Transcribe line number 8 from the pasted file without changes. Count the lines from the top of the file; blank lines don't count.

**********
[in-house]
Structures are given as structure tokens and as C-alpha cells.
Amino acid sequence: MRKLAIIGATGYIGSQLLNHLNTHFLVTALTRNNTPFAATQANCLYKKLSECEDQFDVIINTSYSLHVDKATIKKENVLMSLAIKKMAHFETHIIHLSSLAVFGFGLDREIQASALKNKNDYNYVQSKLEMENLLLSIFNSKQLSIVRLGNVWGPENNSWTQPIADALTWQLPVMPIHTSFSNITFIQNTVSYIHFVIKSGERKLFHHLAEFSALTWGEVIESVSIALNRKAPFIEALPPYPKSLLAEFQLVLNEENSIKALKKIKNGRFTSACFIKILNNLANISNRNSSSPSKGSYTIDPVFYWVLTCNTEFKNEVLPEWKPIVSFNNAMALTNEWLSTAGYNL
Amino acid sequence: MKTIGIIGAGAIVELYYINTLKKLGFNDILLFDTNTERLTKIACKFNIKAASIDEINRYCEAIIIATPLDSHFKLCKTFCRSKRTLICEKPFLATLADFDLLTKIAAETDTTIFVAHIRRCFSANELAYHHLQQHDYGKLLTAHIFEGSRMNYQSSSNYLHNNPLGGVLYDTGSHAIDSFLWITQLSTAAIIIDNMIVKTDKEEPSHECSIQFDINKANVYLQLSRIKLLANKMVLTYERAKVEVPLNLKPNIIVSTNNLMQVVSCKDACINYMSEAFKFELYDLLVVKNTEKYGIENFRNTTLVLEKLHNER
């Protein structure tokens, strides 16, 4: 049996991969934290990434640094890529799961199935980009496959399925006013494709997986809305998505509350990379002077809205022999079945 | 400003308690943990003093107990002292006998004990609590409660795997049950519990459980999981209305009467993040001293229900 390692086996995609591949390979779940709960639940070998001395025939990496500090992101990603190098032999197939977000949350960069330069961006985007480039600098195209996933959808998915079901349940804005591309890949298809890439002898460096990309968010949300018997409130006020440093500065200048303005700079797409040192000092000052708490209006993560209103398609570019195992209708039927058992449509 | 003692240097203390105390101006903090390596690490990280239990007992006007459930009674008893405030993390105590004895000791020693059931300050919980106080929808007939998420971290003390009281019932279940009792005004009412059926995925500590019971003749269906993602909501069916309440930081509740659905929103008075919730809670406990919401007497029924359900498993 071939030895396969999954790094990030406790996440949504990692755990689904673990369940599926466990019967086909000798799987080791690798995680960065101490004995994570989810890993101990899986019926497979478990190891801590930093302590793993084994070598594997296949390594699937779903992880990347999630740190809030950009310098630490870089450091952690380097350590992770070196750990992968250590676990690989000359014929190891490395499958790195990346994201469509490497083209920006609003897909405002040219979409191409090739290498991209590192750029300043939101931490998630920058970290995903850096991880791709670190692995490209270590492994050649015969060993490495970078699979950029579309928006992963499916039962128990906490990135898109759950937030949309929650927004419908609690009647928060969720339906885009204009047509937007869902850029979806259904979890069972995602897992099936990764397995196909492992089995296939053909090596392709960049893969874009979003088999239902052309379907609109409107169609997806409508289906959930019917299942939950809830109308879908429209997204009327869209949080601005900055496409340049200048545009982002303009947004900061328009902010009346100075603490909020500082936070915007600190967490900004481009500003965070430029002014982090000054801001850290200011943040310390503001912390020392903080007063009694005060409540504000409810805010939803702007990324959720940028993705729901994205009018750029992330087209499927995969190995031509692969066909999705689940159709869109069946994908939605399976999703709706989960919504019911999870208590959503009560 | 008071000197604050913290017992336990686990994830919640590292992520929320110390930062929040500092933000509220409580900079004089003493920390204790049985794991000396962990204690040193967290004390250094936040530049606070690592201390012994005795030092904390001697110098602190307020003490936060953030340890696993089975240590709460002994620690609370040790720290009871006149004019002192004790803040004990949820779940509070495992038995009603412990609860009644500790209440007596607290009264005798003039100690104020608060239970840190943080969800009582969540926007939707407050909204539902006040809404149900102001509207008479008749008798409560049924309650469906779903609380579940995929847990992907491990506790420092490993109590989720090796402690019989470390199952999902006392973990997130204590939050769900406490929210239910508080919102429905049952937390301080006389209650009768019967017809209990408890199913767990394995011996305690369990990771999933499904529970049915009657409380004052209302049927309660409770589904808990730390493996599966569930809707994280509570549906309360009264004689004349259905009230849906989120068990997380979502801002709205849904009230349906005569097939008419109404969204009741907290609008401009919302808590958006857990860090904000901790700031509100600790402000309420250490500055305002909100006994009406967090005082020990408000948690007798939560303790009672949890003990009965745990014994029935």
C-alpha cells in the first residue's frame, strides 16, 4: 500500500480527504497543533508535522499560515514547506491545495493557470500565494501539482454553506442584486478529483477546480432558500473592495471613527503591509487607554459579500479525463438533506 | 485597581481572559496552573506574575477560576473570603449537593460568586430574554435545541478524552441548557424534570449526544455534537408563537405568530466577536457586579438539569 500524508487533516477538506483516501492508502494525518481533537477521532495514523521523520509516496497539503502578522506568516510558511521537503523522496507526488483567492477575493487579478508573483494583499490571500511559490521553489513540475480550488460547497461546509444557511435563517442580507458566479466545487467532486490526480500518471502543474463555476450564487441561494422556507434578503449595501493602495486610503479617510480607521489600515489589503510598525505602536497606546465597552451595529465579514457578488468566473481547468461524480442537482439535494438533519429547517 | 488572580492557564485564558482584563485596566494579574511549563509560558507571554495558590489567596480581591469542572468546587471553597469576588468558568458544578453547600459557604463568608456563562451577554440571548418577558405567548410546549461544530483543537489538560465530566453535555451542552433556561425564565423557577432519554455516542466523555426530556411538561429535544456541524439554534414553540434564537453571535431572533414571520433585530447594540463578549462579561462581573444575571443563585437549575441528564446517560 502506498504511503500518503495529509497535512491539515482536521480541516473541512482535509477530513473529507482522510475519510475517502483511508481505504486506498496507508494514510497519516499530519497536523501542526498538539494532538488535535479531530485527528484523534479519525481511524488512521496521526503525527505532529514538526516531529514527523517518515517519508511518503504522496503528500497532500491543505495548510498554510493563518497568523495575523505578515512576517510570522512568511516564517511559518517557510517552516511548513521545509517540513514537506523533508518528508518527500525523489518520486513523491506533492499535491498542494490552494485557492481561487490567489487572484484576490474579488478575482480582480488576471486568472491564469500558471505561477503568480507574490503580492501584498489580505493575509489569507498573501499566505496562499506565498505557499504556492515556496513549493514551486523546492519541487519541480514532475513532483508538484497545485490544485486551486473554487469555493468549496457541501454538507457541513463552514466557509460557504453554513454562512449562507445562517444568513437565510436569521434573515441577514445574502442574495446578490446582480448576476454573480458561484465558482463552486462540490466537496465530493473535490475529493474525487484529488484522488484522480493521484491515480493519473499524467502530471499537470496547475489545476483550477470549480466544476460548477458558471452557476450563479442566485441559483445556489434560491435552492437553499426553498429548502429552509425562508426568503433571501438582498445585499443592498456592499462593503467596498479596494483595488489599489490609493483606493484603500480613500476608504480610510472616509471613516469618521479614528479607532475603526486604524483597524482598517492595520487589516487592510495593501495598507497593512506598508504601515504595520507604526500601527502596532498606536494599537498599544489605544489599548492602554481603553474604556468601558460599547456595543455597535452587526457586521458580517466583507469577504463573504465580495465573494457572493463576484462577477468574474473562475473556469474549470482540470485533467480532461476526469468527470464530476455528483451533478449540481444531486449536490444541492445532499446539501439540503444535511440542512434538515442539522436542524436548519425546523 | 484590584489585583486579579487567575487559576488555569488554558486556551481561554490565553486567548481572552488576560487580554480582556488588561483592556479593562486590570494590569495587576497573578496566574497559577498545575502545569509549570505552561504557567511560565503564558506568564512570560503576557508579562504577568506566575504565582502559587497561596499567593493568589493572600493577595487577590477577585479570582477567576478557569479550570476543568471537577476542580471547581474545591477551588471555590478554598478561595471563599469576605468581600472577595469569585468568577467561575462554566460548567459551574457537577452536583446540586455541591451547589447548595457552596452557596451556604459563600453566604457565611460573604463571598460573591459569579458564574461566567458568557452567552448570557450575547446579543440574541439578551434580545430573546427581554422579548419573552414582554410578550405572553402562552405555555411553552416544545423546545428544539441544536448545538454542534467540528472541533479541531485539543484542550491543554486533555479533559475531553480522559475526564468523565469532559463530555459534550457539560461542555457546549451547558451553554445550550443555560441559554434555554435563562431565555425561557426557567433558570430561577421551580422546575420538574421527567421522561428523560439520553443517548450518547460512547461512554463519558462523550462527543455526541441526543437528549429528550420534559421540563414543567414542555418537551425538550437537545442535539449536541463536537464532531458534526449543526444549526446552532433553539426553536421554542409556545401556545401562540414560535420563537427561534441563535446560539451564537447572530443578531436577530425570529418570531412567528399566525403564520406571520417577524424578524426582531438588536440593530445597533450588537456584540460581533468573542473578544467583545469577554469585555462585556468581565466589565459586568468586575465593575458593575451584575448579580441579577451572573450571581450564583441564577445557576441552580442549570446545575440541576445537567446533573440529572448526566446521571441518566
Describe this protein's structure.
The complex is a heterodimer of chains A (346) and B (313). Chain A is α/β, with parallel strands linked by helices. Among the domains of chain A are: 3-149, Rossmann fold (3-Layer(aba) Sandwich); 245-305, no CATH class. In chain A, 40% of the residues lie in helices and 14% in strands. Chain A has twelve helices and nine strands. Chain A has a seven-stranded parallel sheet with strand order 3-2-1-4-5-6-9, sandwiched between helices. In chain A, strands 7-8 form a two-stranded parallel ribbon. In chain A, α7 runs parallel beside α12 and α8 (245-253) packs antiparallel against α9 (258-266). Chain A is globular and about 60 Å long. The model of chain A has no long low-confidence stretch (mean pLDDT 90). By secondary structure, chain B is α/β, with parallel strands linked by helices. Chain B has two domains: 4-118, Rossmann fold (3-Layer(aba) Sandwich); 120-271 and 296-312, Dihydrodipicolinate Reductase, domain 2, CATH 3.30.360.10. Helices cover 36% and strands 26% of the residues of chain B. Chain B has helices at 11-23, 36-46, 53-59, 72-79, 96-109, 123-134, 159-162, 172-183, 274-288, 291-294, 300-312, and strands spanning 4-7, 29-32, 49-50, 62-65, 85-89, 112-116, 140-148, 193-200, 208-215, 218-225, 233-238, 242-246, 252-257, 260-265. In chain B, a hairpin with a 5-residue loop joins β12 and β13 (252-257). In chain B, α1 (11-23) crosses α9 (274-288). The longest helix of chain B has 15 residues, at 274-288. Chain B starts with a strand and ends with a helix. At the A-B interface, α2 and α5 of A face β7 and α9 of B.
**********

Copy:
The complex is a heterodimer of chains A (346) and B (313). Chain A is α/β, with parallel strands linked by helices. Among the domains of chain A are: 3-149, Rossmann fold (3-Layer(aba) Sandwich); 245-305, no CATH class. In chain A, 40% of the residues lie in helices and 14% in strands. Chain A has twelve helices and nine strands. Chain A has a seven-stranded parallel sheet with strand order 3-2-1-4-5-6-9, sandwiched between helices. In chain A, strands 7-8 form a two-stranded parallel ribbon. In chain A, α7 runs parallel beside α12 and α8 (245-253) packs antiparallel against α9 (258-266). Chain A is globular and about 60 Å long. The model of chain A has no long low-confidence stretch (mean pLDDT 90). By secondary structure, chain B is α/β, with parallel strands linked by helices. Chain B has two domains: 4-118, Rossmann fold (3-Layer(aba) Sandwich); 120-271 and 296-312, Dihydrodipicolinate Reductase, domain 2, CATH 3.30.360.10. Helices cover 36% and strands 26% of the residues of chain B. Chain B has helices at 11-23, 36-46, 53-59, 72-79, 96-109, 123-134, 159-162, 172-183, 274-288, 291-294, 300-312, and strands spanning 4-7, 29-32, 49-50, 62-65, 85-89, 112-116, 140-148, 193-200, 208-215, 218-225, 233-238, 242-246, 252-257, 260-265. In chain B, a hairpin with a 5-residue loop joins β12 and β13 (252-257). In chain B, α1 (11-23) crosses α9 (274-288). The longest helix of chain B has 15 residues, at 274-288. Chain B starts with a strand and ends with a helix. At the A-B interface, α2 and α5 of A face β7 and α9 of B.